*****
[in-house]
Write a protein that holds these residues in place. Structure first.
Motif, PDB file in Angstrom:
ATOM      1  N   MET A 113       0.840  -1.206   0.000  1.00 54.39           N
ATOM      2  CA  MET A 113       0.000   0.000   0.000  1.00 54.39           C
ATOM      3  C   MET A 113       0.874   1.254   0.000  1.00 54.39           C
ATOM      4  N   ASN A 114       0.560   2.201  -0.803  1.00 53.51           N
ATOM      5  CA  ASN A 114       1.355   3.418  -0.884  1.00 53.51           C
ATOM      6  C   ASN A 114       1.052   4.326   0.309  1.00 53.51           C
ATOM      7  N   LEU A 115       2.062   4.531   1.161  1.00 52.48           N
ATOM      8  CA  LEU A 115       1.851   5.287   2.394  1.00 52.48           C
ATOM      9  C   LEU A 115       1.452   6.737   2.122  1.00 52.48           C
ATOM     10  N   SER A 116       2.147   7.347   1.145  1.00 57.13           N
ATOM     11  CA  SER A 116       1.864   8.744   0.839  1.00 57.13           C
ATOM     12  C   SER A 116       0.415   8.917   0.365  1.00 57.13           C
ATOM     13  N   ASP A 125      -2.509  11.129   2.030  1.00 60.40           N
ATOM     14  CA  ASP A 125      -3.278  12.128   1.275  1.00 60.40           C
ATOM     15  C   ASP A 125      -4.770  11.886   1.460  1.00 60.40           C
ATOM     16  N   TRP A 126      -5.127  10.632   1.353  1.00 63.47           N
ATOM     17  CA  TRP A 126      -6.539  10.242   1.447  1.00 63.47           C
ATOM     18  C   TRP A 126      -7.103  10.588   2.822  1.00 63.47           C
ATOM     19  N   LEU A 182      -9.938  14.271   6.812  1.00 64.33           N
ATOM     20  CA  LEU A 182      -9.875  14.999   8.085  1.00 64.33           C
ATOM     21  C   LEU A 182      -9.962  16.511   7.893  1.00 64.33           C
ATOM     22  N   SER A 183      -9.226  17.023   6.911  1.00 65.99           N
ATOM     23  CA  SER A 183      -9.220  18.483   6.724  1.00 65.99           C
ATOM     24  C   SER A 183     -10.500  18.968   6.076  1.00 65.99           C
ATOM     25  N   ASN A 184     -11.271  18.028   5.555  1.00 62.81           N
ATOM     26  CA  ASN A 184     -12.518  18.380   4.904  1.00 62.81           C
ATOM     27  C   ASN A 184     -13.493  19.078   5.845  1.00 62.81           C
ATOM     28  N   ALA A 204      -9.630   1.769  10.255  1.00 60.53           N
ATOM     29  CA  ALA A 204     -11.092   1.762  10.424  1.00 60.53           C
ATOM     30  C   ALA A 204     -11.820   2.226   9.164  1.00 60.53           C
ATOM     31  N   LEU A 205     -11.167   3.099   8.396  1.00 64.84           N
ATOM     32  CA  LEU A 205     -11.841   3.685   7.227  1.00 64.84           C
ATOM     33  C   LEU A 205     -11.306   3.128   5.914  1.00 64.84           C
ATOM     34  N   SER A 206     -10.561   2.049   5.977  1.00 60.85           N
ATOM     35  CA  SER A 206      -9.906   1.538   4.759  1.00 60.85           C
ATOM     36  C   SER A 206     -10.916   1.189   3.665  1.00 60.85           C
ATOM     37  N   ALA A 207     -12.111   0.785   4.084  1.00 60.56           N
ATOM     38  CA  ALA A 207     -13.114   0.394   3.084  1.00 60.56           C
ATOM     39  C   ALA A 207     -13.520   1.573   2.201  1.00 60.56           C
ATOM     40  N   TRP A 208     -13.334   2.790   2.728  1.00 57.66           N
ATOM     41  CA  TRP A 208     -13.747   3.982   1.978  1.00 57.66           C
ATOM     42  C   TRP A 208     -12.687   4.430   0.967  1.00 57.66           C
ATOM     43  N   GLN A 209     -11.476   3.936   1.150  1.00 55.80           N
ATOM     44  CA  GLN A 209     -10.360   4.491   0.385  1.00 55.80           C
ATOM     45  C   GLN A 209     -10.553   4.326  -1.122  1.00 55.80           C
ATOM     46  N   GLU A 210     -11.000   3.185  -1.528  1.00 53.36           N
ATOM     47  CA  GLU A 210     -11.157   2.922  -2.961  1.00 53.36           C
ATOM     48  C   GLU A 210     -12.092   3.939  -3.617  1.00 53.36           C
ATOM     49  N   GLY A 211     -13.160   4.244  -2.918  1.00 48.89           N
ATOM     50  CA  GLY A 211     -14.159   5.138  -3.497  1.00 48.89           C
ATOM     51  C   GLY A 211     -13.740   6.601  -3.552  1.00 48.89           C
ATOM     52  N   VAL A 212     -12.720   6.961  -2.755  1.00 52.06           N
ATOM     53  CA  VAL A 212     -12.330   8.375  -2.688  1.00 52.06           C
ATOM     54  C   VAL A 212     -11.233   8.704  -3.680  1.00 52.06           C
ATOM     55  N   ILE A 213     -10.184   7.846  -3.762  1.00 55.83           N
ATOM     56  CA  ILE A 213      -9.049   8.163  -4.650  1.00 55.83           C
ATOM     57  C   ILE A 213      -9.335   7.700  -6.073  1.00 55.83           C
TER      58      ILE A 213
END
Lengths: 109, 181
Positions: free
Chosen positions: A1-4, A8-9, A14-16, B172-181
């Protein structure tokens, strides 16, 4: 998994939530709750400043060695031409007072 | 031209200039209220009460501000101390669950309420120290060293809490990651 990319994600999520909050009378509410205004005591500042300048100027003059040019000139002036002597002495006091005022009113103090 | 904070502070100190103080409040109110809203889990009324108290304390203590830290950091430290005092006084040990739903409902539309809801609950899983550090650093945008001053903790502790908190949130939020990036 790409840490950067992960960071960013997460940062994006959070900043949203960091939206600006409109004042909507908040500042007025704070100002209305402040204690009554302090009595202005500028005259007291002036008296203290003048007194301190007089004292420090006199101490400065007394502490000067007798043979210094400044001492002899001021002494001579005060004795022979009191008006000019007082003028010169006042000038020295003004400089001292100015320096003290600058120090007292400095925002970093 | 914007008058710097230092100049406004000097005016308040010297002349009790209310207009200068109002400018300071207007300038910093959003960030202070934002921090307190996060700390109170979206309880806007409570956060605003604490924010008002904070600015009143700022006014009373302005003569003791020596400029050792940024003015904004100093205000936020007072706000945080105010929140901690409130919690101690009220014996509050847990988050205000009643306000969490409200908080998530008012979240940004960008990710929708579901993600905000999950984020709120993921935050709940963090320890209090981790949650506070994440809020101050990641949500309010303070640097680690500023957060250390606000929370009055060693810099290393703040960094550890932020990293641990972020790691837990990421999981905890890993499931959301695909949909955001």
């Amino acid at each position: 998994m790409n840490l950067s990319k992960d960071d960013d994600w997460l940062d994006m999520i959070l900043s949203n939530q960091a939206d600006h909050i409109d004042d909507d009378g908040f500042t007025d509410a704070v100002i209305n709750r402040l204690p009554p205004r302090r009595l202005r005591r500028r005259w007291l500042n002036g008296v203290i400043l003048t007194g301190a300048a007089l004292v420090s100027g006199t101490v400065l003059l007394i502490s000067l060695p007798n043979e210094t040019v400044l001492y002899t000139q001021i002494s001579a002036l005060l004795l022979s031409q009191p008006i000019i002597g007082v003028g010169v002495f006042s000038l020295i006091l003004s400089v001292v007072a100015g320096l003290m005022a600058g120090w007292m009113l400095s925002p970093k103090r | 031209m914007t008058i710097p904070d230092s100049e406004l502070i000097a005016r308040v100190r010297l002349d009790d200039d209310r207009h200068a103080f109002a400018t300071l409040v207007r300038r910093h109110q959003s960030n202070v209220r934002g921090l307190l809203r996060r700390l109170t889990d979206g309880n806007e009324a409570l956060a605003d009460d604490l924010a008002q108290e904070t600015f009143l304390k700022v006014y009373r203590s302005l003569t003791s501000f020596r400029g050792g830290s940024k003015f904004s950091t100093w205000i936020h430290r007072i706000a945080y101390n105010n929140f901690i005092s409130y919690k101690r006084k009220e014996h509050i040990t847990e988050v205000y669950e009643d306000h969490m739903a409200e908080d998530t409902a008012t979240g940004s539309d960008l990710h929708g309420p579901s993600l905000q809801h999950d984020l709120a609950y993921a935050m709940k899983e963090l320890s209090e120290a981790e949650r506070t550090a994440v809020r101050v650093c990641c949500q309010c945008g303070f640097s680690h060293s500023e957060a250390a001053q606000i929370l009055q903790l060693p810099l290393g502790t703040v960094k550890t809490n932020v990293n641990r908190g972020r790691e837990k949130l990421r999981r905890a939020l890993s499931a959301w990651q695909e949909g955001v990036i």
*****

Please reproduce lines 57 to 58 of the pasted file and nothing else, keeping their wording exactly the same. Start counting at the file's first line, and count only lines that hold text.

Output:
ATOM     54  C   VAL A 212     -11.233   8.704  -3.680  1.00 52.06           C
ATOM     55  N   ILE A 213     -10.184   7.846  -3.762  1.00 55.83           N